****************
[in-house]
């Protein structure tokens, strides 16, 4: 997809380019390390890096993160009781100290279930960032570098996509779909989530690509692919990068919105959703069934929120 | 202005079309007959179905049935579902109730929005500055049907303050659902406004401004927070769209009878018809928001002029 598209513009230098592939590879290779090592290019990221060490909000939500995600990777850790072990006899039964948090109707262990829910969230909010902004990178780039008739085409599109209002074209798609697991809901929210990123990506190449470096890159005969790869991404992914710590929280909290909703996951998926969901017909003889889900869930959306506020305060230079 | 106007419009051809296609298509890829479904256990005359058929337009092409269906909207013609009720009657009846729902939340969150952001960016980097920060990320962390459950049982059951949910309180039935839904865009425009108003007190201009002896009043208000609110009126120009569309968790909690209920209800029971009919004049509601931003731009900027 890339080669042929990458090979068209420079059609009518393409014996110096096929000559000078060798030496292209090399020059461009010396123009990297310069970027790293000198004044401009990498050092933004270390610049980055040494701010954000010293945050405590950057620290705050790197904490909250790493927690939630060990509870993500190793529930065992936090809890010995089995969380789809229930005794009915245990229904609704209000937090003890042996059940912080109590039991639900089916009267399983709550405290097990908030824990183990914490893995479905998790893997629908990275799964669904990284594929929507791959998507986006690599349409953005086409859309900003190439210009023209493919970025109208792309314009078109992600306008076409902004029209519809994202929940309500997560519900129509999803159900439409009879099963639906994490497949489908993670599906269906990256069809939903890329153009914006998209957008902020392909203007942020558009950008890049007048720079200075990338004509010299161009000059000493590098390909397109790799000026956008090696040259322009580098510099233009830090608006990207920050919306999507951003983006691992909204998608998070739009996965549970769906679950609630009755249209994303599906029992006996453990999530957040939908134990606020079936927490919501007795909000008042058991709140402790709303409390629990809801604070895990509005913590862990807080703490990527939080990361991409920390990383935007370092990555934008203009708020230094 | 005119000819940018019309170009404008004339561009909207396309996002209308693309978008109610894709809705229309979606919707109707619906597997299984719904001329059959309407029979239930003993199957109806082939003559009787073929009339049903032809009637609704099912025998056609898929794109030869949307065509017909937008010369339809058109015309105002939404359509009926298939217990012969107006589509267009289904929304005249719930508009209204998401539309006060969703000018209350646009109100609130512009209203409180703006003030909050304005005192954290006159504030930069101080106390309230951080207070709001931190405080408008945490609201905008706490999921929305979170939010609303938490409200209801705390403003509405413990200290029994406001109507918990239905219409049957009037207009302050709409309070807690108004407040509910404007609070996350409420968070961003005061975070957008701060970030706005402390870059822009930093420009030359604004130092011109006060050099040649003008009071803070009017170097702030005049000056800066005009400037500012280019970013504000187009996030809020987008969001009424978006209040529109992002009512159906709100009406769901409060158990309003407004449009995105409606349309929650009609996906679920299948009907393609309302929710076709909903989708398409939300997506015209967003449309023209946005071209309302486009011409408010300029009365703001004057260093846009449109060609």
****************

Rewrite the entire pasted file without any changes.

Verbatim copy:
[in-house]
């Protein structure tokens, strides 16, 4: 997809380019390390890096993160009781100290279930960032570098996509779909989530690509692919990068919105959703069934929120 | 202005079309007959179905049935579902109730929005500055049907303050659902406004401004927070769209009878018809928001002029 598209513009230098592939590879290779090592290019990221060490909000939500995600990777850790072990006899039964948090109707262990829910969230909010902004990178780039008739085409599109209002074209798609697991809901929210990123990506190449470096890159005969790869991404992914710590929280909290909703996951998926969901017909003889889900869930959306506020305060230079 | 106007419009051809296609298509890829479904256990005359058929337009092409269906909207013609009720009657009846729902939340969150952001960016980097920060990320962390459950049982059951949910309180039935839904865009425009108003007190201009002896009043208000609110009126120009569309968790909690209920209800029971009919004049509601931003731009900027 890339080669042929990458090979068209420079059609009518393409014996110096096929000559000078060798030496292209090399020059461009010396123009990297310069970027790293000198004044401009990498050092933004270390610049980055040494701010954000010293945050405590950057620290705050790197904490909250790493927690939630060990509870993500190793529930065992936090809890010995089995969380789809229930005794009915245990229904609704209000937090003890042996059940912080109590039991639900089916009267399983709550405290097990908030824990183990914490893995479905998790893997629908990275799964669904990284594929929507791959998507986006690599349409953005086409859309900003190439210009023209493919970025109208792309314009078109992600306008076409902004029209519809994202929940309500997560519900129509999803159900439409009879099963639906994490497949489908993670599906269906990256069809939903890329153009914006998209957008902020392909203007942020558009950008890049007048720079200075990338004509010299161009000059000493590098390909397109790799000026956008090696040259322009580098510099233009830090608006990207920050919306999507951003983006691992909204998608998070739009996965549970769906679950609630009755249209994303599906029992006996453990999530957040939908134990606020079936927490919501007795909000008042058991709140402790709303409390629990809801604070895990509005913590862990807080703490990527939080990361991409920390990383935007370092990555934008203009708020230094 | 005119000819940018019309170009404008004339561009909207396309996002209308693309978008109610894709809705229309979606919707109707619906597997299984719904001329059959309407029979239930003993199957109806082939003559009787073929009339049903032809009637609704099912025998056609898929794109030869949307065509017909937008010369339809058109015309105002939404359509009926298939217990012969107006589509267009289904929304005249719930508009209204998401539309006060969703000018209350646009109100609130512009209203409180703006003030909050304005005192954290006159504030930069101080106390309230951080207070709001931190405080408008945490609201905008706490999921929305979170939010609303938490409200209801705390403003509405413990200290029994406001109507918990239905219409049957009037207009302050709409309070807690108004407040509910404007609070996350409420968070961003005061975070957008701060970030706005402390870059822009930093420009030359604004130092011109006060050099040649003008009071803070009017170097702030005049000056800066005009400037500012280019970013504000187009996030809020987008969001009424978006209040529109992002009512159906709100009406769901409060158990309003407004449009995105409606349309929650009609996906679920299948009907393609309302929710076709909903989708398409939300997506015209967003449309023209946005071209309302486009011409408010300029009365703001004057260093846009449109060609």